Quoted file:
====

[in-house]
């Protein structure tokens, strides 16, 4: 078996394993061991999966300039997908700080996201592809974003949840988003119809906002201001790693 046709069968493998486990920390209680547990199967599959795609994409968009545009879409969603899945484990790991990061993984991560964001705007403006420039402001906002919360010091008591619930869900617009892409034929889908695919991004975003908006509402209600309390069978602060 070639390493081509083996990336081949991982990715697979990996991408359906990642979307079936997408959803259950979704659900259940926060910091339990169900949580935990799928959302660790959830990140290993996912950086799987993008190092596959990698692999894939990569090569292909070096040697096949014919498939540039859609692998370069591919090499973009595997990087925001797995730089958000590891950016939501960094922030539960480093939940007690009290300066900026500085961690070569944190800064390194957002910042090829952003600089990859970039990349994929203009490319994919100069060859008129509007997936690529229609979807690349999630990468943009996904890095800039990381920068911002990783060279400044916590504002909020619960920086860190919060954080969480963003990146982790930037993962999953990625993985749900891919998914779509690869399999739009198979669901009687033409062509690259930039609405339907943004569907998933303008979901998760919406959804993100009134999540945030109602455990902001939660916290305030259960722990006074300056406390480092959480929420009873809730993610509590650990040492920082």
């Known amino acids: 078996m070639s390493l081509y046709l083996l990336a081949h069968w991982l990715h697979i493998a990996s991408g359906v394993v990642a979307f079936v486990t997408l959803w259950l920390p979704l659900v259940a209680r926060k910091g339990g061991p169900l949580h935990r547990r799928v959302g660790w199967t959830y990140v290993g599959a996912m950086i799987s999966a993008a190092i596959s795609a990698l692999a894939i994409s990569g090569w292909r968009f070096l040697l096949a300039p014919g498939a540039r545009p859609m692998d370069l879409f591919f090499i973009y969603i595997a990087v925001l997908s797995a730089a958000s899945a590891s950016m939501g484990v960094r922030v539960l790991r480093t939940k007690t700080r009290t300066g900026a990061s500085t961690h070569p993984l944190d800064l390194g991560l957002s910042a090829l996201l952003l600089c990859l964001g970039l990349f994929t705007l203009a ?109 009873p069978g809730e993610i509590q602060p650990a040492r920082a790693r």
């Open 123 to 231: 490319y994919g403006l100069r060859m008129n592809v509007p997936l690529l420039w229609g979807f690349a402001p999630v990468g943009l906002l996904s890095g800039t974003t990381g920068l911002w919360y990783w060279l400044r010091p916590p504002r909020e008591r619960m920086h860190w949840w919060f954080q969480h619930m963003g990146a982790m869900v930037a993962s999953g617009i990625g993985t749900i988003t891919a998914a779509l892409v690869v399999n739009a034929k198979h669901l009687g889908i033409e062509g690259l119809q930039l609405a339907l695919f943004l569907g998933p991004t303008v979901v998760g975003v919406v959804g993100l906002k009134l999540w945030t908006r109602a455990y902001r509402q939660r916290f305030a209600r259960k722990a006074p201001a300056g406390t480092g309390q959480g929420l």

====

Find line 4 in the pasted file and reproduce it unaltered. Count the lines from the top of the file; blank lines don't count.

């Open 123 to 231: 490319y994919g403006l100069r060859m008129n592809v509007p997936l690529l420039w229609g979807f690349a402001p999630v990468g943009l906002l996904s890095g800039t974003t990381g920068l911002w919360y990783w060279l400044r010091p916590p504002r909020e008591r619960m920086h860190w949840w919060f954080q969480h619930m963003g990146a982790m869900v930037a993962s999953g617009i990625g993985t749900i988003t891919a998914a779509l892409v690869v399999n739009a034929k198979h669901l009687g889908i033409e062509g690259l119809q930039l609405a339907l695919f943004l569907g998933p991004t303008v979901v998760g975003v919406v959804g993100l906002k009134l999540w945030t908006r109602a455990y902001r509402q939660r916290f305030a209600r259960k722990a006074p201001a300056g406390t480092g309390q959480g929420l």